When first responders come to the rescue, yet only make matters worse, can you sue them for your injuries? In many states, first responders are protected by sovereign immunity. In jurisdictions where it is possible to sue a first responder, the right is typically limited.
All in all, suing a first responder for a rescue gone awry is no easy feat.
Sovereign immunity is a legal doctrine that says that the government and its employees cannot be sued without its permission. Generally, unless your state has passed legislation that waives sovereign immunity and permits a private citizen to sue a state-employed first responder, you have no legal means to sue a first responder.
Several states have not waived their sovereign immunity with respect to lawsuits against state-employed first responders. Just because a state has waived its sovereign immunity, or a person was injured by a private first responder to whom sovereign immunity does not apply, it doesn't mean that he or she can automatically sue a first responder.
Many states permit lawsuits against first responders, but significantly restrict the situations in which they may occur. This is to encourage first responders to provide aid without fear of being sued by injured victims.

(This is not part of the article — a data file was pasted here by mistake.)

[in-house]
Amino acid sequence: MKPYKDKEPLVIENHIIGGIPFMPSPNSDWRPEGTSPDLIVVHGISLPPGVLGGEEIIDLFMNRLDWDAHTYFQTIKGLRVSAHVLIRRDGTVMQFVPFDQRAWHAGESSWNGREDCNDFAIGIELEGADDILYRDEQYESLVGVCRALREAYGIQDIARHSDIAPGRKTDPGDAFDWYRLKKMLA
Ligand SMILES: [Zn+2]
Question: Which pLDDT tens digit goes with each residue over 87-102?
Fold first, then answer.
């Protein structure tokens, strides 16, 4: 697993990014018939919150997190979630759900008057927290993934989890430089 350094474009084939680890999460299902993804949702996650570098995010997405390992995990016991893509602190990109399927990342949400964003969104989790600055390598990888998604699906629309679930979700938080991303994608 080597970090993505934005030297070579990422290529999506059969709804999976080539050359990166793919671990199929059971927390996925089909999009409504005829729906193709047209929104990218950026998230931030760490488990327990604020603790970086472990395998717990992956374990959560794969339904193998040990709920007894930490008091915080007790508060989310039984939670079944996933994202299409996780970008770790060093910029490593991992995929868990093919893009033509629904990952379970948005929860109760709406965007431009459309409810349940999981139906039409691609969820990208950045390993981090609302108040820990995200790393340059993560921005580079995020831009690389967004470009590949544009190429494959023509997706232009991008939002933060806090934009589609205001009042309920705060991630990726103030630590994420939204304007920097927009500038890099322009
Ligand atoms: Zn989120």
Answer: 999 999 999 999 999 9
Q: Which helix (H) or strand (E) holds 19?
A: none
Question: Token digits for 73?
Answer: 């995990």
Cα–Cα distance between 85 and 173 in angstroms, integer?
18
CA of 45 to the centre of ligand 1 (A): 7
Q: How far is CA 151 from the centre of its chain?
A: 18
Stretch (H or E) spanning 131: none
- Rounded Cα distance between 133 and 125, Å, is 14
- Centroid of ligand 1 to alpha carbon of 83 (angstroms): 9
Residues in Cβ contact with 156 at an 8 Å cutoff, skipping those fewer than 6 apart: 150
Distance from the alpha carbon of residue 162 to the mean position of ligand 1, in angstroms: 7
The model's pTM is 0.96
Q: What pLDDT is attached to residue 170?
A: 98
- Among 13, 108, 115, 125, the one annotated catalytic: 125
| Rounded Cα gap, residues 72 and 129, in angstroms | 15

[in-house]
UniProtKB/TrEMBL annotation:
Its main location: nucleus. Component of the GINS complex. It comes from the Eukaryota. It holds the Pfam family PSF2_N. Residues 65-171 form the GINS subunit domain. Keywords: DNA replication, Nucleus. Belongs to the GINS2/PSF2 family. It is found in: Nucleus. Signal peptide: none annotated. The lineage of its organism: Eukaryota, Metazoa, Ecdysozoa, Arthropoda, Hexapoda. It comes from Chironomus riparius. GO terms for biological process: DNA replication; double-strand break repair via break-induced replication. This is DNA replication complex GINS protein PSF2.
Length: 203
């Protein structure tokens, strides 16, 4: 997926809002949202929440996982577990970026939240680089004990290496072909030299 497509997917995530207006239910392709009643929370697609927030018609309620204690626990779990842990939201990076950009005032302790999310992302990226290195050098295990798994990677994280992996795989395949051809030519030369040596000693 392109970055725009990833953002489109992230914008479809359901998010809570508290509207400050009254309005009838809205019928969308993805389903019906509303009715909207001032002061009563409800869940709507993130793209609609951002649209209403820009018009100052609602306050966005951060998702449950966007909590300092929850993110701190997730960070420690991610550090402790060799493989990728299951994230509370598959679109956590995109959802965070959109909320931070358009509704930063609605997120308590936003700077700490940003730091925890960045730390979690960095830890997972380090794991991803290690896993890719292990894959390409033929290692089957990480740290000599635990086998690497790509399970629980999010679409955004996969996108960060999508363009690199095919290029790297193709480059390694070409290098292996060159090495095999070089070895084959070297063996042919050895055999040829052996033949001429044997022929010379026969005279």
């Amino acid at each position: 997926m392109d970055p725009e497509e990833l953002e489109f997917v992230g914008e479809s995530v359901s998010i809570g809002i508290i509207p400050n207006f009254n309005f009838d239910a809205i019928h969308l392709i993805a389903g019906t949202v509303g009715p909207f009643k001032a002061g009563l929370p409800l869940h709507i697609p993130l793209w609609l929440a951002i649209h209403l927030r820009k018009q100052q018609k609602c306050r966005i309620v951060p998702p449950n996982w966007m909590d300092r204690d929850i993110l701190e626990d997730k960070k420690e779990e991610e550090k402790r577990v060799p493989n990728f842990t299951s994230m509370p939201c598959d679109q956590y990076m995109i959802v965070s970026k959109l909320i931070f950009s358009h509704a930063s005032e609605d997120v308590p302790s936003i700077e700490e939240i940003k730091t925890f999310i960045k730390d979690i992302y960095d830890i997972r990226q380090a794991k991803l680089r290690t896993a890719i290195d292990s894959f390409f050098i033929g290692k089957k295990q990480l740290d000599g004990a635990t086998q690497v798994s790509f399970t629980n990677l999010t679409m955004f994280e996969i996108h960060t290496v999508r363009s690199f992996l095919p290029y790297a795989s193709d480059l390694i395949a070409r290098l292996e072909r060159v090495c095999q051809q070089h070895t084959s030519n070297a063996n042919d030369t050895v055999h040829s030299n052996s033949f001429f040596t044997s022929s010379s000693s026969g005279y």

In many states, you can sue first responders only if they acted in bad faith or were grossly negligent. In such states, there is often a legal presumption of good faith and proper conduct. The presumption places a heavy burden on the victim and makes it particularly difficult to succeed in these types of lawsuits.
Since the law on first responder liability varies greatly state by state, the best way to find out whether you can sue a state-employed first responder is to take a look at your state code. If you think your case works with the law in your state, your best bet is to contact an experienced personal injury lawyer in your area.
- Specific Legal Duties (FindLaw)
- Sue the Government Over Potholes, Salt Damage? (FindLaw's Injured)
- Will Alameda Water Rescue Policy Lead to Lawsuit? (FindLaw's Injured)
- Paramedic Sued for Stealing Crash Victim's Severed Foot (FindLaw's Legally Weird)